Currying is the transformation of a multi-argument function into a chain of single-argument functions. Given a function that takes
n arguments, currying creates a function that accepts the first argument and returns a function that accepts the second argument, and so on. For example, given a function
f(x, y), we can define a function
g such that
g(x)(y) == f(x, y).
g is the curried version of
f; it is also a higher-order function.
The following function curries a two-argument function:
curry = lambda f: lambda x: lambda y: f(x, y)
>>> from operator import add >>> curry(add)(1)(2) 3 >>> list(curry(map)(lambda x: x * x)([1, 2, 3])) [1, 4, 9]
Currying uses single-argument functions to simulate multi-argument functions. Some programming languages, such as, only allow single-argument functions, so the programmer must curry all multi-argument functions.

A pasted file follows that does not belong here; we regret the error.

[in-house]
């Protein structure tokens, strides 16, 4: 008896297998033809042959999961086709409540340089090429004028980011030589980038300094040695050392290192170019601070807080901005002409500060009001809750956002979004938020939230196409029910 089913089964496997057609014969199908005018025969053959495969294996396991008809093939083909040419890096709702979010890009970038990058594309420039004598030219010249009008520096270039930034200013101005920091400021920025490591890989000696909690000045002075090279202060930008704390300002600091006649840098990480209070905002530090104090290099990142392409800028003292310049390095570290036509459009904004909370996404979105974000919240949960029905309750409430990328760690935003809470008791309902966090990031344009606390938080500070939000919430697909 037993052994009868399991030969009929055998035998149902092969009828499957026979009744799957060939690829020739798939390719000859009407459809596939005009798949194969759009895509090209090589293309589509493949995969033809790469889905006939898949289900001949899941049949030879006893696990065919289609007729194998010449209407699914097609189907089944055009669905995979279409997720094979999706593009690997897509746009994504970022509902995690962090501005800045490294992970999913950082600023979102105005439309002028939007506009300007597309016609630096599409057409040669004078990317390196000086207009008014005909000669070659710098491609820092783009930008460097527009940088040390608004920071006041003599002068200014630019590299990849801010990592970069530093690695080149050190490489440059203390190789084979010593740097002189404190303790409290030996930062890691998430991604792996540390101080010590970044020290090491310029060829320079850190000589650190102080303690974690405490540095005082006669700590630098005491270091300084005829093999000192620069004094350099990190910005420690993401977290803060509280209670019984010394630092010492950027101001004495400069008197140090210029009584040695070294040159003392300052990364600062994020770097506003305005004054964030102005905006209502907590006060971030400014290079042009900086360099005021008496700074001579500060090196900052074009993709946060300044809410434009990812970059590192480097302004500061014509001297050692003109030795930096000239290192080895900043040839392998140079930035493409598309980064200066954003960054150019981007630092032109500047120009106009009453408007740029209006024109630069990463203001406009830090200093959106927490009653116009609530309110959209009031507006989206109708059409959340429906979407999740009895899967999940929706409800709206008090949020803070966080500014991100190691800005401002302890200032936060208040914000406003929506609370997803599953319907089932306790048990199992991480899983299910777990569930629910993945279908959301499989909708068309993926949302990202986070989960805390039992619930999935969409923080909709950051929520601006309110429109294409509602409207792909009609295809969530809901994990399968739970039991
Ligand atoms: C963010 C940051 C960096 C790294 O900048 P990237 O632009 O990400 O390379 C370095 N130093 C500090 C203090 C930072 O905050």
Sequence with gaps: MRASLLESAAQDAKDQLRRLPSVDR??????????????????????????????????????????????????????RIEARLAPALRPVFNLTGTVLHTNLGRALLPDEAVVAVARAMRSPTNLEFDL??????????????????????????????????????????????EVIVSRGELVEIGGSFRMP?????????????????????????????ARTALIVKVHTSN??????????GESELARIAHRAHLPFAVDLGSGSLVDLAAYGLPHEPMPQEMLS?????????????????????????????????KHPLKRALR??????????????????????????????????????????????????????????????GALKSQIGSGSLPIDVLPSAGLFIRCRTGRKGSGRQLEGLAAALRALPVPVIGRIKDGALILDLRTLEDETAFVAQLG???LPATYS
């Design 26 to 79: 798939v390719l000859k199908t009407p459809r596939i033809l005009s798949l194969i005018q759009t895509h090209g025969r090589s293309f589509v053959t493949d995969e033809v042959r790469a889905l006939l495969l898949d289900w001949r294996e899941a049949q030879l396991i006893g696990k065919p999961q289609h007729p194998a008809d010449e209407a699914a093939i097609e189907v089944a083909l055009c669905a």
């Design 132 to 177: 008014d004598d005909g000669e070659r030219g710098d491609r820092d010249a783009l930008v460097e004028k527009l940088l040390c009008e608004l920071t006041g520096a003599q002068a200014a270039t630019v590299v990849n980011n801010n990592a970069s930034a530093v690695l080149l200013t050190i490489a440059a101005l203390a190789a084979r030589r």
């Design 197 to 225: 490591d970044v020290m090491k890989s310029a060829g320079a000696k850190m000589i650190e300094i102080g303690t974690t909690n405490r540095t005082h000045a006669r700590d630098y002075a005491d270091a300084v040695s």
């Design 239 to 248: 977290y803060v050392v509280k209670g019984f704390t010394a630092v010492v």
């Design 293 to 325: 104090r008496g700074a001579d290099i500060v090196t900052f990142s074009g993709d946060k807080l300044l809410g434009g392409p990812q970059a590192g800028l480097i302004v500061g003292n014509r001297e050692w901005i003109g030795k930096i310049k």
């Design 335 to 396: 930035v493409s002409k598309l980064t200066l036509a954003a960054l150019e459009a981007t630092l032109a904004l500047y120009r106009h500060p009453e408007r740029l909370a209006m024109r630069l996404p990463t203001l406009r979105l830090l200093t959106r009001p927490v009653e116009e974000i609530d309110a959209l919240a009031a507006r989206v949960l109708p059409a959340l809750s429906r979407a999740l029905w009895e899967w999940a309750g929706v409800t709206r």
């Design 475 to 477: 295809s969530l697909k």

In languages like Python, currying is useful when we require a function that takes in only a single argument. For example,
map applies a single-argument function to a sequence of values. If we want to add a constant to each element of a sequence, we need to curry
add and pass in the constant before
map can use it:
>>> from operator import add >>> add5 = curry(add)(5) >>> list(map(add5, [1, 2, 3])) # add 5 to each element [6, 7, 8]